The Unpredictability of Fish Quality

Appears in
On Food and Cooking

By Harold McGee

Published 2004

  • About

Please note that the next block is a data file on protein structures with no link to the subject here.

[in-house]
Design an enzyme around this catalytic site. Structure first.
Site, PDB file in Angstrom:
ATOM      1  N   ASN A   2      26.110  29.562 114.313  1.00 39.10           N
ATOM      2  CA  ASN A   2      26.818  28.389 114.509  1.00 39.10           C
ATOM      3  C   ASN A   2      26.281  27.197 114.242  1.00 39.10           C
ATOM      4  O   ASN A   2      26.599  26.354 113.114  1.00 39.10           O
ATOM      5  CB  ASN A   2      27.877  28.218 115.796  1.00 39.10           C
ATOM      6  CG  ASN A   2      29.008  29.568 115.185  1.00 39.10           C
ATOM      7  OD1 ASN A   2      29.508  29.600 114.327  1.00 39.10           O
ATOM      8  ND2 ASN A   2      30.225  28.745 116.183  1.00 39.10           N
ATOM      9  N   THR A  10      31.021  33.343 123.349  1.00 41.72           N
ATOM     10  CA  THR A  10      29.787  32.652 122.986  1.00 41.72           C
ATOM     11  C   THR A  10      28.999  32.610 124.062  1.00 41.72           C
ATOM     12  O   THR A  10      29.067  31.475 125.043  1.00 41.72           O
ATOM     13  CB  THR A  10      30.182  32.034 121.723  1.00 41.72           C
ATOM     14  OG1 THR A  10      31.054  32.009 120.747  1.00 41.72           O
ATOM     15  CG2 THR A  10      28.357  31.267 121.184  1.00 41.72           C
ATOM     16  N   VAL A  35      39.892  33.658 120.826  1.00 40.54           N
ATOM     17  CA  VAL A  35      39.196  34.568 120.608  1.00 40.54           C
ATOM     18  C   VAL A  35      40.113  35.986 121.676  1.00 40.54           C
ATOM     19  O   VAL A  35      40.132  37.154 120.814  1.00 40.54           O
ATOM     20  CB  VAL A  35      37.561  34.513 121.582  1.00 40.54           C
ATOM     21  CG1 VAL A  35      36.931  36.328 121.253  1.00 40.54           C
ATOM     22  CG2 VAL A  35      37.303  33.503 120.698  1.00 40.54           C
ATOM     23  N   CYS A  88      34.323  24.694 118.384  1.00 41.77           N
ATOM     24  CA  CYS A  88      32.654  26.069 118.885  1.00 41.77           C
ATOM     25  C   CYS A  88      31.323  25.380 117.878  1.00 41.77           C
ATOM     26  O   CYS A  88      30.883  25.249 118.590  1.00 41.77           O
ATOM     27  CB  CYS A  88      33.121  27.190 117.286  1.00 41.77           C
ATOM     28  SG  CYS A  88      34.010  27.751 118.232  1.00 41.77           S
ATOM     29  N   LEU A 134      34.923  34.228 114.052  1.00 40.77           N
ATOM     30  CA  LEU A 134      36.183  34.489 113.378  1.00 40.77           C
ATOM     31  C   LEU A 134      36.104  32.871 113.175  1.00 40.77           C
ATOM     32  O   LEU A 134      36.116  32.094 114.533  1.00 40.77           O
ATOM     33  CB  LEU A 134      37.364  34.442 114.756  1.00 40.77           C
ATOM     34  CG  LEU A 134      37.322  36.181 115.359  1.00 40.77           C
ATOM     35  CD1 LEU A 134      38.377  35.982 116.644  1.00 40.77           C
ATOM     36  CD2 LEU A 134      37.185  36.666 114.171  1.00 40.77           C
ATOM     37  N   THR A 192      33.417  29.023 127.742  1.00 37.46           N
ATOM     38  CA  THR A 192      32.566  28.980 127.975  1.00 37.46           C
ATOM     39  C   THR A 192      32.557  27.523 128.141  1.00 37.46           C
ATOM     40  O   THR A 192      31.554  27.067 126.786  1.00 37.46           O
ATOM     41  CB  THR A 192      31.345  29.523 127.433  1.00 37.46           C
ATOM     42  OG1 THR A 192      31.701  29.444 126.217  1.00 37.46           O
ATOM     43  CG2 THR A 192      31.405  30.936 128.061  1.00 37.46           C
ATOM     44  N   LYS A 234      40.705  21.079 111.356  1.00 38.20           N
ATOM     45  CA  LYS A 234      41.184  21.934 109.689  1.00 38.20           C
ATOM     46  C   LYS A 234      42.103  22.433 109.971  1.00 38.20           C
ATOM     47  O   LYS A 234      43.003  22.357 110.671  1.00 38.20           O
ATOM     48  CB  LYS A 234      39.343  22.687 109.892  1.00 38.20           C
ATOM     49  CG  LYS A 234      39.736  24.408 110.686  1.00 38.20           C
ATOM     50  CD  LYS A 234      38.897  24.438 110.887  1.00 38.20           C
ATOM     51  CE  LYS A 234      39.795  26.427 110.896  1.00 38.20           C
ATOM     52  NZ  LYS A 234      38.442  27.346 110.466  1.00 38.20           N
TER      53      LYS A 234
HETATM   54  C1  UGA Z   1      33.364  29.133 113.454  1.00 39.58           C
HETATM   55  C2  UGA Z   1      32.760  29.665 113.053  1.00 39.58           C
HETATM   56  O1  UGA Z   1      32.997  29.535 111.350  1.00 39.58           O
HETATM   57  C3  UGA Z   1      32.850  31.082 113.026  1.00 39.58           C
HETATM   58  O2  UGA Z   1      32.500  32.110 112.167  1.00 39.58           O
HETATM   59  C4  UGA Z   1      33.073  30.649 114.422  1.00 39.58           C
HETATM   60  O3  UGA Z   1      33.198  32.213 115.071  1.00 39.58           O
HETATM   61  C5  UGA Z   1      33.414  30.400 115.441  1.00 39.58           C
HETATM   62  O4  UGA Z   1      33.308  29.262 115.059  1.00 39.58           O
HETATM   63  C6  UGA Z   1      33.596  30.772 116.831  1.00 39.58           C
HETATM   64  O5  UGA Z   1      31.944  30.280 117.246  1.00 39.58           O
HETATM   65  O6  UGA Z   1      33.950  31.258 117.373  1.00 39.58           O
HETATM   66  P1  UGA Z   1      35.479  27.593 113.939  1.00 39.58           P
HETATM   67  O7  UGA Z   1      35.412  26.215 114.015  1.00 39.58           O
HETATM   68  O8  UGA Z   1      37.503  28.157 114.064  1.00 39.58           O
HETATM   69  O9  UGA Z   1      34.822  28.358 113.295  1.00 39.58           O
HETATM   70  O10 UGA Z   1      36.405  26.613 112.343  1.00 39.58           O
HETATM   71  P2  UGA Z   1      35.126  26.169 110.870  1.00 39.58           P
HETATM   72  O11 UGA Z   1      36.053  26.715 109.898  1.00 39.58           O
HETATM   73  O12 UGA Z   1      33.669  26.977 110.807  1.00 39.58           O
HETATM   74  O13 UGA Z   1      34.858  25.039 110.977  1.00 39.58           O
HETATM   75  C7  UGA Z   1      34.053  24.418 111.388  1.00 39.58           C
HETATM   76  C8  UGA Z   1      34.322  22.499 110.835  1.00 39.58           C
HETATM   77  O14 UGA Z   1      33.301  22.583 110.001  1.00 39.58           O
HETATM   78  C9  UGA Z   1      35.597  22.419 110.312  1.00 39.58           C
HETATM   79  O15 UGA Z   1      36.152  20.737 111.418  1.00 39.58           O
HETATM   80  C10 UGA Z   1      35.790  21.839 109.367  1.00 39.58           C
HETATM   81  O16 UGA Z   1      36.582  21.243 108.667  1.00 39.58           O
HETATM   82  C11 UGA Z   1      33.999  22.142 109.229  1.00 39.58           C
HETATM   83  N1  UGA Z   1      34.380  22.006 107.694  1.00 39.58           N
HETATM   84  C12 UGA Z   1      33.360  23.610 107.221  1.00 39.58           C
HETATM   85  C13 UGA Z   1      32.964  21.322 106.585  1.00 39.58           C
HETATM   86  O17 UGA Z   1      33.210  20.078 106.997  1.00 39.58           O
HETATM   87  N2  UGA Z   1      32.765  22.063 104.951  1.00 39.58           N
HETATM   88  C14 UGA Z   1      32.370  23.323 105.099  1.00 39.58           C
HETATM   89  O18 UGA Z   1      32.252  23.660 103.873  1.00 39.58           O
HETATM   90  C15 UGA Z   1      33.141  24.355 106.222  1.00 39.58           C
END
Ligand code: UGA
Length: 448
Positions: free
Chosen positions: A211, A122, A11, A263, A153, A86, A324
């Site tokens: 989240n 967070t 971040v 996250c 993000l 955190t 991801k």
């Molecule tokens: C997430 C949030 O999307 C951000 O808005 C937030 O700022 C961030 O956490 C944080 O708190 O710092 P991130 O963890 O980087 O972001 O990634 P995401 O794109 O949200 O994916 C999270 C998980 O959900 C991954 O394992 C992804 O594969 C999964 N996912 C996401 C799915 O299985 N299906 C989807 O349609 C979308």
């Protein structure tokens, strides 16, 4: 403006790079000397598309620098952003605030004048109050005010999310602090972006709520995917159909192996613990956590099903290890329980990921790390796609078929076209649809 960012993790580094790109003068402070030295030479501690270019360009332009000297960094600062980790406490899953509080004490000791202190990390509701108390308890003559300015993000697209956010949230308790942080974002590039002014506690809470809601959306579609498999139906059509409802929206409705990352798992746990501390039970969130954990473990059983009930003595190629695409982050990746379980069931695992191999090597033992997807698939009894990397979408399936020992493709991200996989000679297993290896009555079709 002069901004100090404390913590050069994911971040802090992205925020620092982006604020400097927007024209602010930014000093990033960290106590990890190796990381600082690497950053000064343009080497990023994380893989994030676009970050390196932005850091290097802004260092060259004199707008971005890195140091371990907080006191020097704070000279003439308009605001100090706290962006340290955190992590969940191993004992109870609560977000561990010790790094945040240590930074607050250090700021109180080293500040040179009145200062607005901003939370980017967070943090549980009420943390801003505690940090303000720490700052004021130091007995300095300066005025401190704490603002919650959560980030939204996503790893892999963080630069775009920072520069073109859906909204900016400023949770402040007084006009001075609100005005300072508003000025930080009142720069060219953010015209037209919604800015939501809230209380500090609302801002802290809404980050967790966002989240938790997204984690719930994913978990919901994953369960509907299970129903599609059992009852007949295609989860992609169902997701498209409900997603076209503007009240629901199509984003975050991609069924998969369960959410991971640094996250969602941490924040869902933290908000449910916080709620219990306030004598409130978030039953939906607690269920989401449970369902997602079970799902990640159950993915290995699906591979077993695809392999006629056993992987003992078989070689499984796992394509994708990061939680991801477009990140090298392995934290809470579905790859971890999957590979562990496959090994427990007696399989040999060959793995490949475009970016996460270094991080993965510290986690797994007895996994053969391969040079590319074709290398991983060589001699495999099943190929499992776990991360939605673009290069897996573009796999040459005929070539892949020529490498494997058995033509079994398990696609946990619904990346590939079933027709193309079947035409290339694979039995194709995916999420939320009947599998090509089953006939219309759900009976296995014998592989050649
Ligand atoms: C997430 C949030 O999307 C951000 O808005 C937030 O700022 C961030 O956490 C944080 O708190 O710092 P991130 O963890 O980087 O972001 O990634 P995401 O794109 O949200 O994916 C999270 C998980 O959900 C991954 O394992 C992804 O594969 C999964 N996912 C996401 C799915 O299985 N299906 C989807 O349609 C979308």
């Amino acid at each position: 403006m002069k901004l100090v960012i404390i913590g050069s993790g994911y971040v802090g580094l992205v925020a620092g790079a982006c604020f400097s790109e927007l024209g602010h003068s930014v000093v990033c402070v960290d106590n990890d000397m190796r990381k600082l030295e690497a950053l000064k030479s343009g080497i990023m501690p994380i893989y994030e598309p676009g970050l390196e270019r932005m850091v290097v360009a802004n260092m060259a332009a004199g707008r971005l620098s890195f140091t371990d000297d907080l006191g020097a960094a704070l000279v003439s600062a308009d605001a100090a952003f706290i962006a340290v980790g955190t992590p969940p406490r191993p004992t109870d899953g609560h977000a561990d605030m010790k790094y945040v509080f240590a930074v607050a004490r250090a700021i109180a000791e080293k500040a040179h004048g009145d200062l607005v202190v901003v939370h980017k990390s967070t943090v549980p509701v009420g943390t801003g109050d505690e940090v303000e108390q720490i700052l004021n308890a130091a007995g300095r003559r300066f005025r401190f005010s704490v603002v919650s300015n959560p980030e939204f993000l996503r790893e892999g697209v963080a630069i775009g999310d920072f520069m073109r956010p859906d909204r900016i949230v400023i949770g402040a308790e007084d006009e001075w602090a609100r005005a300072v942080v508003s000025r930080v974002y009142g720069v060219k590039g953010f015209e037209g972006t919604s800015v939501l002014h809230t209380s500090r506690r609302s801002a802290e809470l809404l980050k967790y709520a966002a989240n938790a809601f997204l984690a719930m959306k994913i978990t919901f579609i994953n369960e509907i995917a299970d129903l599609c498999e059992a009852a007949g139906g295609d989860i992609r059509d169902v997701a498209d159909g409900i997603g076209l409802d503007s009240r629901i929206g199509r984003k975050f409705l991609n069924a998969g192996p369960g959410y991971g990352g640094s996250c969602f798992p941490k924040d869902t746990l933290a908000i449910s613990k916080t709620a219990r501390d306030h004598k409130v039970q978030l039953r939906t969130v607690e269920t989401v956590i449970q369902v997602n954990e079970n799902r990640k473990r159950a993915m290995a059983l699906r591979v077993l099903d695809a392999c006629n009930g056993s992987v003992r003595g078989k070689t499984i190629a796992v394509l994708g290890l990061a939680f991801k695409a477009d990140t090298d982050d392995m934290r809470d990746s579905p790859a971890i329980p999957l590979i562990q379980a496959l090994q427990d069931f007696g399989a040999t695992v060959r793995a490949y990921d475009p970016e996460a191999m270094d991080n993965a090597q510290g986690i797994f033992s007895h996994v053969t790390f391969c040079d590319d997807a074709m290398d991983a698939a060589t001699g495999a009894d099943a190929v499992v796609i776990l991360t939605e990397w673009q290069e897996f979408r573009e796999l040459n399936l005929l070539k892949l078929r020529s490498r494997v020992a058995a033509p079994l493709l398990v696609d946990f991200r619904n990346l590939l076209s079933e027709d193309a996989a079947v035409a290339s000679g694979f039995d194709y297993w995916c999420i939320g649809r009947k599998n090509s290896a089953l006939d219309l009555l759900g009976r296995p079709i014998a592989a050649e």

The quality of many fish and shellfish can vary drastically from season to season. This is because they live out life cycles that typically include one phase during which they grow and mature, accumulating energy reserves and reaching their peak of culinary quality, and a subsequent phase during which they expend those reserves to migrate and create masses of eggs or sperm for the next generation. And most fish don’t store their reserves in layers of fat, as land animals do. Instead they use the proteins of their muscle mass as their energy pack. During migrations and spawning, they accumulate protein-digesting enzymes in their muscle and literally transform their own flesh into the next generation. Then and afterward, their muscle is meager and spent, and makes a spongy, mushy dish.